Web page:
MANY poorer students will be shut out of the region’s universities and colleges if a shock £21m funding cut goes ahead, the Government has been warned.
Academics and Opposition politicians have urged ministers to think again as the axe hangs over the “crucial” Student Opportunities Fund.
The grants – which go to both universities and further education colleges – pay for extra support to recruit and retain students from disadvantaged backgrounds.
Such help includes summer schools and extra tuition classes, through to helping to support internments and work placements with companies.
This year, institutions in the North-East and North Yorkshire received a total of £21.1m from the department for business, innovation and skills (BIS).
The largest grant went to Teesside University (£5.92m), with the University of Sunderland (£3.37m) and the University of Durham (£1.53m) also receiving large sums.
But FE colleges, including New College Durham (£637,563) and Cleveland College of Art and Design (£320,714), also received significant amounts.
Now internal documents have revealed that Business Secretary Vince Cable is targeting the £327m fund in the search for savings to plug a £1.4bn hole in his finances.
The draconian move comes despite Nick Clegg recently proclaiming that a drive to improve “social mobility” for the poorest was his guiding star.
A spokesman for Teesside University – which receives cash for up to 80 per cent of its students – said it had paid for a number of “award-winning schemes”.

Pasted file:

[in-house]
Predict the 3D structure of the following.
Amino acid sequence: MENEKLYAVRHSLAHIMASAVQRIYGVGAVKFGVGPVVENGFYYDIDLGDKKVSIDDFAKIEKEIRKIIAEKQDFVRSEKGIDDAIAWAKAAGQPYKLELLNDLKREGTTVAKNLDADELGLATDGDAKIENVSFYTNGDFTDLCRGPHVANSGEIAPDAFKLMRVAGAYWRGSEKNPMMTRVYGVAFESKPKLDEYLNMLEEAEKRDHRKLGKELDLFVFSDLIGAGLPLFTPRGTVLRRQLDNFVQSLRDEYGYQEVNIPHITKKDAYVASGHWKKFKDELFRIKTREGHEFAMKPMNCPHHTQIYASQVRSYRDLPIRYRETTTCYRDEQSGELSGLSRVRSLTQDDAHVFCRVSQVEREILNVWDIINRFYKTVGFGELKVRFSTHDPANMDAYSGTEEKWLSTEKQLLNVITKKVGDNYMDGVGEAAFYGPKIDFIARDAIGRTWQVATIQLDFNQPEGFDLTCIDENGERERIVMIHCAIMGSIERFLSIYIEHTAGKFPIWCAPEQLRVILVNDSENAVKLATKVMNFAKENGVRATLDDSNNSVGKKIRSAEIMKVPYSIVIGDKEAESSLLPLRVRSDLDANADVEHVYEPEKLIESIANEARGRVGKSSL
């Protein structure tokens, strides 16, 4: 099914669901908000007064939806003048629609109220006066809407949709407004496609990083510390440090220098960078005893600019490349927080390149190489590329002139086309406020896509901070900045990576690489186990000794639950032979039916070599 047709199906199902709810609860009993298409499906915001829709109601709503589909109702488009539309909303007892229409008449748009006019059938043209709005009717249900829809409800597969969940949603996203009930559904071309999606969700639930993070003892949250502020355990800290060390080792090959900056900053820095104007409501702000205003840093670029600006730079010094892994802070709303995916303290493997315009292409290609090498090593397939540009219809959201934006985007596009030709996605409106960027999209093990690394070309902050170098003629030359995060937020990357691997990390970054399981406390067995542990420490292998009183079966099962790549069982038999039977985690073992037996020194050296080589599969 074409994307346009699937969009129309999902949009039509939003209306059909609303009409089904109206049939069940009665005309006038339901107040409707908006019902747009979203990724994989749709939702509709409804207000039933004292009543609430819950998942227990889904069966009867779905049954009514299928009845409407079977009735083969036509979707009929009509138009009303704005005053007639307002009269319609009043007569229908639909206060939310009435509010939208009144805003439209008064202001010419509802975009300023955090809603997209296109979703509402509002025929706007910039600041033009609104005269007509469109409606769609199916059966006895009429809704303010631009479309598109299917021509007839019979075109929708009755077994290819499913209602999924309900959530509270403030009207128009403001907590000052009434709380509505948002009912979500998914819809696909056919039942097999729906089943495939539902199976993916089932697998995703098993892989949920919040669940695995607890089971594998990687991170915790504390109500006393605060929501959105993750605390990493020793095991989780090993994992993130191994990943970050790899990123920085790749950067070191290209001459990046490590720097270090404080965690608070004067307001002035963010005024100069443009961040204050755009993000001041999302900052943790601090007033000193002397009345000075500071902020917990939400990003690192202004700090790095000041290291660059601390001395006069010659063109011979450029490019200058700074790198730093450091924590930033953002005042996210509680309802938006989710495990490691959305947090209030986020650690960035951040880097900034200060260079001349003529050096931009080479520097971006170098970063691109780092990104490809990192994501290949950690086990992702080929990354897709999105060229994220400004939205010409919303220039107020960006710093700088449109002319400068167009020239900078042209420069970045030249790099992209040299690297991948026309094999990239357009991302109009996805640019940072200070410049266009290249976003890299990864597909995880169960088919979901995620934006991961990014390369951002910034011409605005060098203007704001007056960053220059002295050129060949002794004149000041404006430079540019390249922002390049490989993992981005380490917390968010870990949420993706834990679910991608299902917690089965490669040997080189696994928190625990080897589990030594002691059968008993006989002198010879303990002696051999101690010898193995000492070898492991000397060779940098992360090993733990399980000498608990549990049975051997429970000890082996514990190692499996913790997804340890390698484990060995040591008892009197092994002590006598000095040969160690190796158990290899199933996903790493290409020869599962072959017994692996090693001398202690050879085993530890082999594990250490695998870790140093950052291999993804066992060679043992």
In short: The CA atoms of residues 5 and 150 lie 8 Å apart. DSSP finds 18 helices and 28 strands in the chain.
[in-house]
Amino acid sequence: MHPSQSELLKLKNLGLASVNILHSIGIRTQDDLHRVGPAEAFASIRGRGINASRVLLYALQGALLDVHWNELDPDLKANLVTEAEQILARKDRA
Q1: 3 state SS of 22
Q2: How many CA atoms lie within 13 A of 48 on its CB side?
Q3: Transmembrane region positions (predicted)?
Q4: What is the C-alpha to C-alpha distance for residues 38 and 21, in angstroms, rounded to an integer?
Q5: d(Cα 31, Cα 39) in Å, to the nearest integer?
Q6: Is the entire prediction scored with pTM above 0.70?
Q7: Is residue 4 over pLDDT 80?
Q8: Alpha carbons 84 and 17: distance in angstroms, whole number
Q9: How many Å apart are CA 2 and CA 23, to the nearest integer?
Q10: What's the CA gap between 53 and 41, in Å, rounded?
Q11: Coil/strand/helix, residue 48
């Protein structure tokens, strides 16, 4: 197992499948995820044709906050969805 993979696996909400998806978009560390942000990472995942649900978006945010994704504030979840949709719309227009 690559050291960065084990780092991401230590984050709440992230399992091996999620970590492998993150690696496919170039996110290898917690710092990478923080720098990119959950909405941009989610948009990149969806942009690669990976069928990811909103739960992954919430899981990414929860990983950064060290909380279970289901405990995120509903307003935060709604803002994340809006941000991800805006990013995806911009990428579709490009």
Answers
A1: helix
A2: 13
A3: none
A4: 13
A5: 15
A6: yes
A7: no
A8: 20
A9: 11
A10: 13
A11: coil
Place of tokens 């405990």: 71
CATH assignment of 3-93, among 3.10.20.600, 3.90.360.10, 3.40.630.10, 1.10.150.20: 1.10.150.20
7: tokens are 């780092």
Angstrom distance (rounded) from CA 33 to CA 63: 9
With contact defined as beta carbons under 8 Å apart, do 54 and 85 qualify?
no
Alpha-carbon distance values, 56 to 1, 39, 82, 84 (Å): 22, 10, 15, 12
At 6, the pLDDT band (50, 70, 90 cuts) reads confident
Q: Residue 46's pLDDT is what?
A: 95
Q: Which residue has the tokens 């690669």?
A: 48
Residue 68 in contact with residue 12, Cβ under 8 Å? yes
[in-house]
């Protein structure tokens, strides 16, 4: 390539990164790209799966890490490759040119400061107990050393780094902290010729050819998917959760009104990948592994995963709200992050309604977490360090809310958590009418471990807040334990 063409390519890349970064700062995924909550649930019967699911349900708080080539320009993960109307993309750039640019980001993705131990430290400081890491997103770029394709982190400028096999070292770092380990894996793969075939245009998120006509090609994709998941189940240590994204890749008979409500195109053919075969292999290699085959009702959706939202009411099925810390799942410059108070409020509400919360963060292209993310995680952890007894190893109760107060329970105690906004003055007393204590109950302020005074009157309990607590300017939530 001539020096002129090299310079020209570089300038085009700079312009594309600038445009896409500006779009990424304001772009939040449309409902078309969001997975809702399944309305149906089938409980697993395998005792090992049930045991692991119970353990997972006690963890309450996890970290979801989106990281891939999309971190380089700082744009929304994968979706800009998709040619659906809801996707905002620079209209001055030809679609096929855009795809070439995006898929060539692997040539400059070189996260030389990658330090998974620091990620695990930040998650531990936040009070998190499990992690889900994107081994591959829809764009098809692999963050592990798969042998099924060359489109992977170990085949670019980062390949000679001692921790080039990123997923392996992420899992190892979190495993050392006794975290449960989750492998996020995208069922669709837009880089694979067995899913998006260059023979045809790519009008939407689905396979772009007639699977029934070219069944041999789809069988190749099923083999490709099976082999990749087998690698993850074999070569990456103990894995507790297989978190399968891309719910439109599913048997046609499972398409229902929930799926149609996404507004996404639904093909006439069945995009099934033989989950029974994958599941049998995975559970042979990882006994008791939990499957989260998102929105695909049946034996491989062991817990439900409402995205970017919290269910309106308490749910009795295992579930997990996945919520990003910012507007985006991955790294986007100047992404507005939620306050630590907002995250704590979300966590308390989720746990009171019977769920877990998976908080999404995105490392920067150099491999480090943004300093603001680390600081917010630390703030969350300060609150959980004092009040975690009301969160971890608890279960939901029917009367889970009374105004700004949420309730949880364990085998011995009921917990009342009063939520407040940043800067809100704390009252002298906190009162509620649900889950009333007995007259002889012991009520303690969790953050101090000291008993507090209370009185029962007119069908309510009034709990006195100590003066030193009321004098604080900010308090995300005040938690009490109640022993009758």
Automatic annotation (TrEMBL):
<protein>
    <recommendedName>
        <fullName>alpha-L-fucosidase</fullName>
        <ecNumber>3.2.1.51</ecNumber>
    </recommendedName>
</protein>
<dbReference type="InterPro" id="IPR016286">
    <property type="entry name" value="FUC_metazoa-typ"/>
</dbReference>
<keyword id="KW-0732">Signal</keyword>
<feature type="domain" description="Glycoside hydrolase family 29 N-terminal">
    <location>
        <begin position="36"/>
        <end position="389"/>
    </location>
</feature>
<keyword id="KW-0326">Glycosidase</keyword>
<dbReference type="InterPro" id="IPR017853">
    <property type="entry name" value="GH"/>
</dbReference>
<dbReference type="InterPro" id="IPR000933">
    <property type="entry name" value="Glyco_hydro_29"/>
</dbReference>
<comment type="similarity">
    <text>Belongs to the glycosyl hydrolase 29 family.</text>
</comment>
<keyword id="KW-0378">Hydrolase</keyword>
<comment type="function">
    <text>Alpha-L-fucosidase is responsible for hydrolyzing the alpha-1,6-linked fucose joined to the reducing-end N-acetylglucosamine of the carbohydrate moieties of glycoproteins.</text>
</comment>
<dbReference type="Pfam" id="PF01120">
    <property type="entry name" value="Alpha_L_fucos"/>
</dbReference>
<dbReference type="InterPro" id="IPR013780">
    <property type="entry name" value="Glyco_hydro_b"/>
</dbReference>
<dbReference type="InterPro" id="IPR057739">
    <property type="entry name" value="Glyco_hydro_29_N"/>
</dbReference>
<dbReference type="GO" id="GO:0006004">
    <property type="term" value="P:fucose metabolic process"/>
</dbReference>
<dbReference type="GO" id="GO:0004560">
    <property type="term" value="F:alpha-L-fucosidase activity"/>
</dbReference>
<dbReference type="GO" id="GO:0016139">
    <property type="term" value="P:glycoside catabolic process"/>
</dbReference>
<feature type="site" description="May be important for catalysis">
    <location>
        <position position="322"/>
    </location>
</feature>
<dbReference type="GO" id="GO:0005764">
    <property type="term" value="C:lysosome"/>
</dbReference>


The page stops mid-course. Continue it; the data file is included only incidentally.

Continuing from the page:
He added: “This fund is crucial to help support our widening participation activities and ensure that people from different backgrounds have the opportunity to benefit from higher education.
“It is also vital to help raise the skills levels that the North-East and the UK need to support the economy.”
Liam Byrne, Labour’s universities spokesman, blamed the “complete mess” on funds being blown on giving loans to students at private colleges.
He added: “Now it looks like help for poorer students will be axed to pay for it.
“I'm deeply disappointed Vince Cable refused to pledge he would protect this vital help for poorer students to pursue their dreams by getting a good education.”
The controversy was raised in the Commons this week, when Dr Cable urged Labour MPs not to “rely on rumours”.
However, the Business Secretary stopped well short of denying the fund will be chopped for the 2014-15 financial year, as feared – and abolished after the 2015 general election.
Confirmation will only come when universities and colleges receive delayed letters from the Higher Education Funding Council for England (HEFCE).
BIS is also considering converting £1,000 a year from the maximum £3,250 grant received by poorer students into repayable student loans.
NUS president, Toni Pearce, said: “Cutting the Student Opportunity Fund is an absolute disgrace. The Government is backtracking on its commitment to support social mobility.”